• Reset to default – now exists in many of the properties window for many tools. This gives you the ability to experiment with adjustments to the tool settings and then reset them to the default values if you need to.
• Freeze transforms – much in the same way that you can in Maya. This gives you the ability to translate, rotate, and scale the object in Mudbox. You can then select Mesh > Freeze Transformations to set its current position as its new ‘zero’ position, essentially redefining the local origin for that object.
• Hotkey preferences – can now be set across a Suite if your Mudbox is part of a Suite. This gives you the ability to set which product hotkeys you use across the suite. New Interaction Mode preferences also let you edit this setting. Keep in mind that if you use this preference in another product in your Suite, the options will not display in the Mudbox Setup window.
• Duplicate and flip models – give you the ability to quickly create pairs of objects (like boots or gloves) or repeated features like double doors through the use of the Edit and Mesh menus. Flipping the model is also useful if the primary sculpting application in your pipeline uses a default Z-Up scene orientation. Since Mudbox uses Y-Up orientation, you can quickly and easily flip your imported to display upright in Mudbox, then flip it back when ready to export.
• Tiling planes – for painting and sculpting let you sculpt and paint tiled detail creating seamless, repeated features or textures. Using the new Create Tiling Plane window to specify the size and orientation of the plane, then use any paint or sculpt tool to create your repeating pattern. Use your tiled textures to efficiently cover large surface areas, or extract the sculpted detail into a displacement map (including vector displacement maps with undercuts and overhangs).
• Falloff curve editing improvements – have been updated to make it easier to adjust the shape of sculpt and paint tool falloff. You can now add or delete points on the curve with a single click. In addition, a new Falloff Curve window lets you work with an expanded view of the curve for easier editing.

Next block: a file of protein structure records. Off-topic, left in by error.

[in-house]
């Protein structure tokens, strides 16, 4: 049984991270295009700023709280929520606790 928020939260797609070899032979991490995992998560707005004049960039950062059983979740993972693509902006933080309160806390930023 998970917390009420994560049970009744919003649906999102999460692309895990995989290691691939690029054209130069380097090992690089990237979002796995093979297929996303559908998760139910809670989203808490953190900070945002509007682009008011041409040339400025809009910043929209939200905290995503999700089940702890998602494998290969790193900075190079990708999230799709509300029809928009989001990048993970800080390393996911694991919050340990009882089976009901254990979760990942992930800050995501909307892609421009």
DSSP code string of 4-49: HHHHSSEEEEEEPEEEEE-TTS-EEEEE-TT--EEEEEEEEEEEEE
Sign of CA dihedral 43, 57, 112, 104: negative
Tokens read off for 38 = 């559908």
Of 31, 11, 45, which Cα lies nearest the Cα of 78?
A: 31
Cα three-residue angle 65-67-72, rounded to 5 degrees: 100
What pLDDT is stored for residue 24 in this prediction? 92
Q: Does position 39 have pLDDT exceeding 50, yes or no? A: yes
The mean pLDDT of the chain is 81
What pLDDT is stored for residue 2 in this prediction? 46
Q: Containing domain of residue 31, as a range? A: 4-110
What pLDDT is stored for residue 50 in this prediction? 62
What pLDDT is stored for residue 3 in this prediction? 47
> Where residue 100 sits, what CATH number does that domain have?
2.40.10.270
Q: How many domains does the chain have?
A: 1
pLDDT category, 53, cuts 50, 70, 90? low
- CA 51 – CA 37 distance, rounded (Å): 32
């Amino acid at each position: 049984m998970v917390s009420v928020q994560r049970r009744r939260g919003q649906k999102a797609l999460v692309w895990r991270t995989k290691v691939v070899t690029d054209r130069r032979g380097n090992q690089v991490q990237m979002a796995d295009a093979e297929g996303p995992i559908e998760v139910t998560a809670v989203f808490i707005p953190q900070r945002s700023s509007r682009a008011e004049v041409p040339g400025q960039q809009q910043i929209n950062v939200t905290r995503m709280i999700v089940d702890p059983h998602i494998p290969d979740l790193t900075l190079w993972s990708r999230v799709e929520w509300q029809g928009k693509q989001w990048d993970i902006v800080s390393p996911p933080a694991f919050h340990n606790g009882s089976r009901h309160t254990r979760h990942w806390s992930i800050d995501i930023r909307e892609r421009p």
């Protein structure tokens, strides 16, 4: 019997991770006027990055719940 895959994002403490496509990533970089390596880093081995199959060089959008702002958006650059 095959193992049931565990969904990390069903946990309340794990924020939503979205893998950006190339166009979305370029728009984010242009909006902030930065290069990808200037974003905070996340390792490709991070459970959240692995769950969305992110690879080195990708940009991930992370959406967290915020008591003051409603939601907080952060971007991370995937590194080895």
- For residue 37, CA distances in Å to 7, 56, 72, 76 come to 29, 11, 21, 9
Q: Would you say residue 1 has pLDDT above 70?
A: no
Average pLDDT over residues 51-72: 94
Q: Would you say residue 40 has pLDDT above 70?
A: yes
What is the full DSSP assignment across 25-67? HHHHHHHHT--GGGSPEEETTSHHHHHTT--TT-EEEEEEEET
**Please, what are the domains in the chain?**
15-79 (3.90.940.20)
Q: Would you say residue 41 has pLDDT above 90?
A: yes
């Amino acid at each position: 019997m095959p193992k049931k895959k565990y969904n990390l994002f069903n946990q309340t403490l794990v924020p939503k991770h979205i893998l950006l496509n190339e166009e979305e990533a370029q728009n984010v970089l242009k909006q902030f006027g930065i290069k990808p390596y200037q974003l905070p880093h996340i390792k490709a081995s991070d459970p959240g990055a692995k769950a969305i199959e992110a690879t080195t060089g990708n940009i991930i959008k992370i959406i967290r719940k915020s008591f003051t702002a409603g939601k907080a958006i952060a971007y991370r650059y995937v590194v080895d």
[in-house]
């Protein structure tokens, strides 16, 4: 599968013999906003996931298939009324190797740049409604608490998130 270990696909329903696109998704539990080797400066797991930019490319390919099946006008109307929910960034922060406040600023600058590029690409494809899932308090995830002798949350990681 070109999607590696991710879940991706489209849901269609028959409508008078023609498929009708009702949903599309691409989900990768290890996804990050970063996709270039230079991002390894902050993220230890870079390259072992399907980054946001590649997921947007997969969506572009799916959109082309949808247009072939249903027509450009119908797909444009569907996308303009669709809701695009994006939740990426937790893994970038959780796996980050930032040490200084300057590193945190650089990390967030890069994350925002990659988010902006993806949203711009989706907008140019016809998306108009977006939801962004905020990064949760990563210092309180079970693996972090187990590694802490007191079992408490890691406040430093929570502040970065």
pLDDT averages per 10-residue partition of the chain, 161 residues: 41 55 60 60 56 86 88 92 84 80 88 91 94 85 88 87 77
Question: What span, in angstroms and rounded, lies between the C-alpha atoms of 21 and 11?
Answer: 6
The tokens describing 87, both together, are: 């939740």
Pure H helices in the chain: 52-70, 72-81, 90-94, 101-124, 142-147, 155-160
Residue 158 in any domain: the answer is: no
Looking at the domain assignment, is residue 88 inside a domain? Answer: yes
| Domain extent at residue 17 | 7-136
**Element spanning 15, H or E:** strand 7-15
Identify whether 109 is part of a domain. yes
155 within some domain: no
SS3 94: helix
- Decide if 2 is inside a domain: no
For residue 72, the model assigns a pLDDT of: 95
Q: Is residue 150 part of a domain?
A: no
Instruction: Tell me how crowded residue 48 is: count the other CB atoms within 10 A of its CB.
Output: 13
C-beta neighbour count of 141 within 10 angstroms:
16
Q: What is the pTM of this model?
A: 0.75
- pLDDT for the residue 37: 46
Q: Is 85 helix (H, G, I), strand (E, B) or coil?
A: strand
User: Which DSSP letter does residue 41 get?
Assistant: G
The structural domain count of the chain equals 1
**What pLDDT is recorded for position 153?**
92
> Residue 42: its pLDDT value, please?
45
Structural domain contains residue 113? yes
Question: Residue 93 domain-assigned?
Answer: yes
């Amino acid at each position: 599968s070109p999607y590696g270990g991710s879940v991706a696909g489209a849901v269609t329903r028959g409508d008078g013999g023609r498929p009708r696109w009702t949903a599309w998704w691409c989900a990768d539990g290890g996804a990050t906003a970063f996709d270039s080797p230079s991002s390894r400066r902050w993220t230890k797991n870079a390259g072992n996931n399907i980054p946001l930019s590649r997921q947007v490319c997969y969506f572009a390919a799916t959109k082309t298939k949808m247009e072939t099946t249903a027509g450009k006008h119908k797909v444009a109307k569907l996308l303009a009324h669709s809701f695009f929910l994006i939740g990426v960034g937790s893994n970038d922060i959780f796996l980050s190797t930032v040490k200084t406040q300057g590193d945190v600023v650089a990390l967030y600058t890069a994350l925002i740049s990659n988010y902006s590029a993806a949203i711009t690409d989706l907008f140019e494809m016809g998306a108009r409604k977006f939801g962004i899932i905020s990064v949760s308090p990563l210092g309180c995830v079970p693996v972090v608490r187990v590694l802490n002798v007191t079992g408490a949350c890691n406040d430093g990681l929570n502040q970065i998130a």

Mudbox 2013 is very easy to install and it provides a very intuitive interface that takes a lot of the learning curve out of modeling in 3D. I personally like the way you can customize the interface and then lock it down as well as the ViewCube for easy access to many useful items right at your fingertips.
They have also increased the processing capability through the Gigatexel engine which means that even if you have a lower end graphics card you have the ability to create better renderings much more efficiently than ever before. There is even new support for importing and exporting 16-bit PSD files.
Autodesk Softimage 2013 software extends the capabilities of existing content creation pipelines for today’s demanding television, games, and film projects. Softimage is a high-performance 3D character animation and visual effects application. help artists and technical directors working in visual effects, post production, and 3D game development get more out of their development.
So what is new with Softimage 2013?
• Viewing and playback – gives you a high quality display mode which gives a close approximation of the final rendered image in the viewport, including soft shadows, bump and normal maps, light attenuation, environment, procedural textures, and more. It works by compiling MetaSL code into CgFX instructions on-the-fly at runtime. It works with all the MetaSL shaders, as well as with many of the standard Softimage shaders for mental ray whose shader definitions have been adapted to support it. If a shader is not supported in High Quality display mode, it is ignored along with any shaders connected into it. You can start with the maximized viewport as well.